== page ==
Based on the information you’ve gathered; here’s how you can present your site analysis in architecture report:

  • Text Report
  • Graph Report
  • Photographic Documentation 
  • Sketches

💡 Design Insight: Whatever the combination you will use to represent you architectural site analysis data. The most important thing is that the information you give is clear and easy to understand.

How to collect data for site analysis in architecture?

To save hours, you should look for information about your site in a way that makes sense. First, do a search online.

1️⃣ Search Online

Before going to the site, make some coffee and take some time to look online for information about it.

Thanks to modern technology, you don’t have to get out of your chair to learn about your site.

Here are five sites that can help you with your site analysis in architecture:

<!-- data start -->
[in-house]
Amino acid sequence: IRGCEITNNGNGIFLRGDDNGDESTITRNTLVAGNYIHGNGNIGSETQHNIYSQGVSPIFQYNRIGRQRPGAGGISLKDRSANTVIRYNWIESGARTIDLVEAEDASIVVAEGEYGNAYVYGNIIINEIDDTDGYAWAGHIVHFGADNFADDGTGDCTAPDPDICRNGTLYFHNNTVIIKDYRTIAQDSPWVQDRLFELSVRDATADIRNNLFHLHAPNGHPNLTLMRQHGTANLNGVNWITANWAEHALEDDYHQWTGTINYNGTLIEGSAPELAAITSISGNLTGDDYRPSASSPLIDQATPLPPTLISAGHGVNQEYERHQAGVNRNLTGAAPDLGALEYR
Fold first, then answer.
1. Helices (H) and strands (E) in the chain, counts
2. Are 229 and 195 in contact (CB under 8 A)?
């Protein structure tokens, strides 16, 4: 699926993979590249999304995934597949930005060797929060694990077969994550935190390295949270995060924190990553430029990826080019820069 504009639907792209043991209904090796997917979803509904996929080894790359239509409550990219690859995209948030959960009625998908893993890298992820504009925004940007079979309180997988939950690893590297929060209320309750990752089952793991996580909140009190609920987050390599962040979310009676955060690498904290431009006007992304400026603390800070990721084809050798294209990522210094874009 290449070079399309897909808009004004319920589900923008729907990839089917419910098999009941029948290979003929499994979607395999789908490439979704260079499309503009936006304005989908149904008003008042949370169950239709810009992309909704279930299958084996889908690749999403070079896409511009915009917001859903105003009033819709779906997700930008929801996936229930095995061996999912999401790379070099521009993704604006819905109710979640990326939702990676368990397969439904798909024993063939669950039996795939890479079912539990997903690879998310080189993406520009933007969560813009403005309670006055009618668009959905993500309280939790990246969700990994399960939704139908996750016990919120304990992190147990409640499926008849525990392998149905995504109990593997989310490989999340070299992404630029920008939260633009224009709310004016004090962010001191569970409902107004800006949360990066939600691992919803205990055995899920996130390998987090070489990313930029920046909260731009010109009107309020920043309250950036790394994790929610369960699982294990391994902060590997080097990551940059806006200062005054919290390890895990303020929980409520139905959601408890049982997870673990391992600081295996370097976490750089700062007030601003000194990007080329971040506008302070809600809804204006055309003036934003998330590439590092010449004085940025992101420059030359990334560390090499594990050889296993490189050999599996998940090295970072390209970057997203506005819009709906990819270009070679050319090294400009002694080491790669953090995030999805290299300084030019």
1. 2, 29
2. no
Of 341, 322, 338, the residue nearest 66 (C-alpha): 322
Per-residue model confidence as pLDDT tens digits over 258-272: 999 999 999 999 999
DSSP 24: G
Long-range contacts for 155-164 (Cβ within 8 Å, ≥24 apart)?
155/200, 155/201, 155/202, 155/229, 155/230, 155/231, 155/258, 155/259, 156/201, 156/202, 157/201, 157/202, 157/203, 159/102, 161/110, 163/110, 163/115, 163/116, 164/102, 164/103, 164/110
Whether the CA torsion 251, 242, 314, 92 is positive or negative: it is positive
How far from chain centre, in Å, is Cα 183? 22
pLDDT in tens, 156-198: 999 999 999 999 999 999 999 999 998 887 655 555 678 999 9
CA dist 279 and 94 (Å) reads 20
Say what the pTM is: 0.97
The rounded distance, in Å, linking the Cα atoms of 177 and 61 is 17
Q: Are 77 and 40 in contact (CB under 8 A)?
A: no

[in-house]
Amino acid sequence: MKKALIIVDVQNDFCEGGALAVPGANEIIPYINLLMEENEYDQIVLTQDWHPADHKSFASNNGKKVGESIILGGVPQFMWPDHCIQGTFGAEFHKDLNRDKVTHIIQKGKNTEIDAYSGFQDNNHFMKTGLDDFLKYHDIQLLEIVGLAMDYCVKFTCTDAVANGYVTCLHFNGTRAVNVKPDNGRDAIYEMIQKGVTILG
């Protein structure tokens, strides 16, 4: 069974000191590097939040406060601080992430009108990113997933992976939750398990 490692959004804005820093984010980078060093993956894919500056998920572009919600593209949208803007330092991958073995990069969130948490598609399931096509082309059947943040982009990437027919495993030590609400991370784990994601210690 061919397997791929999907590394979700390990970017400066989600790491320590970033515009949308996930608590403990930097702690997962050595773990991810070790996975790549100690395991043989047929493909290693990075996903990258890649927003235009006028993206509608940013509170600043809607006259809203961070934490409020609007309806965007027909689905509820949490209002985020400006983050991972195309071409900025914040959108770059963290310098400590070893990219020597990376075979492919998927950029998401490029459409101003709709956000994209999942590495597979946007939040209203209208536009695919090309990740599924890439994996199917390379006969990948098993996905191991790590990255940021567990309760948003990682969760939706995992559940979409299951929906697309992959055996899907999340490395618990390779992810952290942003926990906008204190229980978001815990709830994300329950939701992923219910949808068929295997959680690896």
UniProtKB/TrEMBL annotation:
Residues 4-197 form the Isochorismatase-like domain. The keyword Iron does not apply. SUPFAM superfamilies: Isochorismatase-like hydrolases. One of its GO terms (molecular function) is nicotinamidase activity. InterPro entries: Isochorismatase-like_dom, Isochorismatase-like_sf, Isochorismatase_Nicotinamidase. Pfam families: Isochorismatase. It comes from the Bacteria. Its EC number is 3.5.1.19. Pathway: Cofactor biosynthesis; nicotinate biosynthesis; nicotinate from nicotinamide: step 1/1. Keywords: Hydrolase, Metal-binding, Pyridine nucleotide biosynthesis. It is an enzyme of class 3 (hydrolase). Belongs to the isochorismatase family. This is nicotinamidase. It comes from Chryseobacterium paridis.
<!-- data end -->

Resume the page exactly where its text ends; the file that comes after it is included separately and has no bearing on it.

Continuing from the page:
• The Pudding: visual the world’s population in 3d, this website is fantastic for creating diagrams for urban design essays or architectural site analysis research. 
  • Urban Observatory: You can save a lot of time by using this website to compare cities across various categories, including transportation, population, public facilities, and infrastructure. However, some cities are missing from the database.
  • VentuSky: This will help you get a lot of information about the weather at the project site, such as wind speed, humidity, snow cover, and many other things.
  • OpenStreetMap: gives you a lot of free information about your site’s location, and the best part is that you can export it and use it directly in Photoshop to make diagrams.
  • Mapbox: is also excellent for generating information about your site, such as buildings, water, natural features, etc. All the elements can be modified, making it simple to create diagrams.